History

Now Becksie must confess that most types of history do not float her boat – knights at round tables, Vikings with pointy hats and very narrow boats, kings and queens of yesteryear! She isn’t being ignorant and understands why others find these subjects very interesting but for her they just don’t tick any boxes. Ian is quite into history as are Aunty Leah, Grandad Gray, Grannie Gray, Grannie Pugh and Grandpa Pugh (Becksie is not 100% sure of Uncle Phil’s thoughts but she knows for a fact he knows a lot about film history) so don’t panic Lizzie will by no means grow up ignorant of history.

However, all this said there is a little corner of history that Becksie LOVES! In fact it fascinates her! Becksie and her exclamations love food history! Well…….. she did say a little corner it’s not quite food history in general. It is the food history of the Victorian era (this gets an 8 / 10) and the food history of the second world war (this gets a 15 / 10).

history 4One day we will post about the Victorian era (would be so un us to do this in date order) but today and probably in a few up coming posts we will focus on the whole second world war thing.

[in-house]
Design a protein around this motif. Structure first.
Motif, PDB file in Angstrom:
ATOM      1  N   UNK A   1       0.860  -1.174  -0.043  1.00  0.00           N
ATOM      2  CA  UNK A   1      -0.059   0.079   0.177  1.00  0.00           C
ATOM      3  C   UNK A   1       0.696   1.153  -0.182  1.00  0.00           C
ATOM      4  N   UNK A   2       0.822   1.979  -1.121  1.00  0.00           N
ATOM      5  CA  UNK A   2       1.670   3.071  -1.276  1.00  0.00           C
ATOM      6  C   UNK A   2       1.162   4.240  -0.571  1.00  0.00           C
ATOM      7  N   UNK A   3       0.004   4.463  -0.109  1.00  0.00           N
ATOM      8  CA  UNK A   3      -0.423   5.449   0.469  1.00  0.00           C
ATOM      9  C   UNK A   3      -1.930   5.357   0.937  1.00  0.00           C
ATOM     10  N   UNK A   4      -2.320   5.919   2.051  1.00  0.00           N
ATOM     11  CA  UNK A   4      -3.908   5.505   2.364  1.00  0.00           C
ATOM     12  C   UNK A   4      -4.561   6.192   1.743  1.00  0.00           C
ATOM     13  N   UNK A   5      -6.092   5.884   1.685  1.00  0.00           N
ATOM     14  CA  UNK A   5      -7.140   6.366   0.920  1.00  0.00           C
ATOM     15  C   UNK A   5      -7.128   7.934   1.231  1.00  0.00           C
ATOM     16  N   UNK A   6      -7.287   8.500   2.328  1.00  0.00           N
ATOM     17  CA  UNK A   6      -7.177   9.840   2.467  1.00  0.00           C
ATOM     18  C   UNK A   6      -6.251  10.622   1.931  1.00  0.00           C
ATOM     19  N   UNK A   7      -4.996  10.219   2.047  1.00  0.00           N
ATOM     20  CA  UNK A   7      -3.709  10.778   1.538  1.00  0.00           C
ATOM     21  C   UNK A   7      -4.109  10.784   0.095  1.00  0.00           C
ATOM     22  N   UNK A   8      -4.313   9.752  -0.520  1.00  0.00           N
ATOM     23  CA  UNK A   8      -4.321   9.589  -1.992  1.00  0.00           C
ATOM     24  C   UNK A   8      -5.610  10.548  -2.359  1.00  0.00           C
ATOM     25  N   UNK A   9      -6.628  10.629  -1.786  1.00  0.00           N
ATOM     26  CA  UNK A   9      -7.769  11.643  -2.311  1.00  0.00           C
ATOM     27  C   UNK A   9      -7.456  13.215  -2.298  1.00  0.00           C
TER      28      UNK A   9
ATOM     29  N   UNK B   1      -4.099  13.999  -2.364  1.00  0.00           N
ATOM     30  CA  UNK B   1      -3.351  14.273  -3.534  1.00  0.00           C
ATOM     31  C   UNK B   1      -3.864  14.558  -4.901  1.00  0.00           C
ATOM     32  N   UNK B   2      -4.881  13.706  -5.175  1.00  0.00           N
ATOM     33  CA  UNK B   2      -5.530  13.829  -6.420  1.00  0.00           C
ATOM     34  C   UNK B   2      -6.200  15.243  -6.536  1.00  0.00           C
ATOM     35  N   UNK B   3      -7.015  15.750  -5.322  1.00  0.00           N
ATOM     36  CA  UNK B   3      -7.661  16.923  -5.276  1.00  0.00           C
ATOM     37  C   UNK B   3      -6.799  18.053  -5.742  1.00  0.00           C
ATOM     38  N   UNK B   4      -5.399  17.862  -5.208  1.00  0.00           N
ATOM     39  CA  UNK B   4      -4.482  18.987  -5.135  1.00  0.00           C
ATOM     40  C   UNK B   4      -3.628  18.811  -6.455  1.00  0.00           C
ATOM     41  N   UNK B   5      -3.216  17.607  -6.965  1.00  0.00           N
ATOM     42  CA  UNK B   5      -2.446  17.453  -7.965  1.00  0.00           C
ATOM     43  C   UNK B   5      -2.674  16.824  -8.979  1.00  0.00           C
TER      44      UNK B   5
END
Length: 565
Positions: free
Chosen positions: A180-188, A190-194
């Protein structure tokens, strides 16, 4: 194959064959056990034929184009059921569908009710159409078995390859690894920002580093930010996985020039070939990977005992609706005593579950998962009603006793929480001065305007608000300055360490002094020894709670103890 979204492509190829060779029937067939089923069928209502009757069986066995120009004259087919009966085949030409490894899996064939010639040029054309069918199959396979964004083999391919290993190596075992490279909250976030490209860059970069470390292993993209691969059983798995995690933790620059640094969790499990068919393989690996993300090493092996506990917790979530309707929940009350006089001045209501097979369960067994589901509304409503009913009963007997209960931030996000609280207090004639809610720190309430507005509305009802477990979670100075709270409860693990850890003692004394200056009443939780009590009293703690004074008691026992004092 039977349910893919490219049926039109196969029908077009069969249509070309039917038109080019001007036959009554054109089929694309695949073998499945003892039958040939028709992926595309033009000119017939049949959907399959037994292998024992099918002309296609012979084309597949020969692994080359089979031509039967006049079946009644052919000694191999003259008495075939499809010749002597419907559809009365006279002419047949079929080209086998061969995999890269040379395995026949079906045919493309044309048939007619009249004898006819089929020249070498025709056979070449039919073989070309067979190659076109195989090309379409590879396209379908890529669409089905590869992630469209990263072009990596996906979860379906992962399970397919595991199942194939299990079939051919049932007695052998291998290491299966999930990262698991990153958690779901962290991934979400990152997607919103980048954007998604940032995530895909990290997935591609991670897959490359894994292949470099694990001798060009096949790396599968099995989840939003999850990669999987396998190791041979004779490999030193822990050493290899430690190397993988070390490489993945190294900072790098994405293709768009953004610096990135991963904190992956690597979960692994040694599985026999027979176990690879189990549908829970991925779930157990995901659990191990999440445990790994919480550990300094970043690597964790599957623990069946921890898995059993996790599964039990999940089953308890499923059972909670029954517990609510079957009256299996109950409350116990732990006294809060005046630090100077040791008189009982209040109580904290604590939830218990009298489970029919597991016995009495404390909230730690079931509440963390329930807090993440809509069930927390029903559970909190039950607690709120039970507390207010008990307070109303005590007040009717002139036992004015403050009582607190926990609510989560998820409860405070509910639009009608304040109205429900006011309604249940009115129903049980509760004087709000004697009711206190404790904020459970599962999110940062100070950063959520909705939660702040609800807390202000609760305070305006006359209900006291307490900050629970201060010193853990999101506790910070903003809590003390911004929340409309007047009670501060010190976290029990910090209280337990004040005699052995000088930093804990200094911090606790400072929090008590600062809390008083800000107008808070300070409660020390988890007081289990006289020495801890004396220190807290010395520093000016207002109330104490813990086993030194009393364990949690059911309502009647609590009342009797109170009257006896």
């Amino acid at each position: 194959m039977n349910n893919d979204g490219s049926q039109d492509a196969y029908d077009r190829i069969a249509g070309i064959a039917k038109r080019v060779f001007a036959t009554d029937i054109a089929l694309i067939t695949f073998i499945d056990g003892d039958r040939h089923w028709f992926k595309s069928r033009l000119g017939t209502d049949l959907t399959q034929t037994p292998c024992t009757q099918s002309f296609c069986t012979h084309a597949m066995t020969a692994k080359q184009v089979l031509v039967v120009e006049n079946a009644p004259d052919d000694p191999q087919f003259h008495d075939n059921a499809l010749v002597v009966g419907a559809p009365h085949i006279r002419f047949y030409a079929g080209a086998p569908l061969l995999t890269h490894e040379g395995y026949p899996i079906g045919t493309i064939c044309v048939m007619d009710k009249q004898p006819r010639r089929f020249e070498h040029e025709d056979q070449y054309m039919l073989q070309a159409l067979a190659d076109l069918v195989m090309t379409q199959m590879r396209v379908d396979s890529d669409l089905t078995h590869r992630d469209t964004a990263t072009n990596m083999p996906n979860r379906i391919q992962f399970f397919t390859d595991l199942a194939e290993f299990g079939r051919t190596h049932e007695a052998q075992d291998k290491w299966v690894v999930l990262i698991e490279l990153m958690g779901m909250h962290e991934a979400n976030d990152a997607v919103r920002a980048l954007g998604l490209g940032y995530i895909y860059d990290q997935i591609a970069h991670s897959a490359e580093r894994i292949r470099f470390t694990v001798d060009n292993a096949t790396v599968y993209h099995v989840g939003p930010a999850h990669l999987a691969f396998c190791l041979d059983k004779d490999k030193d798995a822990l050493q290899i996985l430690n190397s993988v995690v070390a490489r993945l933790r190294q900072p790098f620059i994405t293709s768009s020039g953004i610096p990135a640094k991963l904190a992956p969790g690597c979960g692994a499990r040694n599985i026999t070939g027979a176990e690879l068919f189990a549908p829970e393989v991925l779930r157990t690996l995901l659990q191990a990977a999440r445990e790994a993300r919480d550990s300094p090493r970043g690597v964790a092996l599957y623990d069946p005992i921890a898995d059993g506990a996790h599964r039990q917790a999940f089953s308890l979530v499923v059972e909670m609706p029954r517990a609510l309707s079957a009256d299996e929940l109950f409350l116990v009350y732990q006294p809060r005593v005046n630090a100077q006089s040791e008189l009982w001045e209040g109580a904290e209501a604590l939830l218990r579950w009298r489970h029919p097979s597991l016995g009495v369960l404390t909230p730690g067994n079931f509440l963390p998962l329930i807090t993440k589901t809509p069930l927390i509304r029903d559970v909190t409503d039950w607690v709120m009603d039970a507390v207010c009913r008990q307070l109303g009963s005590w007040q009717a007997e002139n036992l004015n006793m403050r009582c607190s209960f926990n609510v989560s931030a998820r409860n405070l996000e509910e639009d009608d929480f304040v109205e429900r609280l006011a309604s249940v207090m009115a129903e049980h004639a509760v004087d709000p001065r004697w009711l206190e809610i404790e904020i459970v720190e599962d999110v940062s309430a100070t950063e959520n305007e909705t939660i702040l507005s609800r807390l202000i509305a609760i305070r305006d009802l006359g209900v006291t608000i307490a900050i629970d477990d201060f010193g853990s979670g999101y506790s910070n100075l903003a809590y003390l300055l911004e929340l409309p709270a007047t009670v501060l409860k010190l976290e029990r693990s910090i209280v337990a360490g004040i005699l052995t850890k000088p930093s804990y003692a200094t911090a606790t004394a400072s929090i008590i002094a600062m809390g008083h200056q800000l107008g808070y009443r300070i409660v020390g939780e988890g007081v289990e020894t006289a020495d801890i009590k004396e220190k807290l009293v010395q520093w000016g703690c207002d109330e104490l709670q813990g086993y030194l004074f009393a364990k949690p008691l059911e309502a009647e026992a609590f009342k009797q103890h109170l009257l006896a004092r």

So where to begin – well firstly Becksie sometimes thinks she was born in the wrong era – perhaps it’s a bit weird to say the following statement (and those of you who know Becksie will know this is a very un Becksie thing to say) but if Becksie had to be born in a different era she would weirdly chose to be born in 1916. This way when the second world war started she would have been around 23. Now obviously she would in no way want to have lived through the horrors and terrors that the war bought with it but she often thinks that catering during war time must have been extremely satisfying! War time rationing must have been INCREDIBLY hard but the ingenuity, courage and not sure of quite the right word so we’re going with brilliance of everyday folk trying to meet their basic needs is simply beautiful.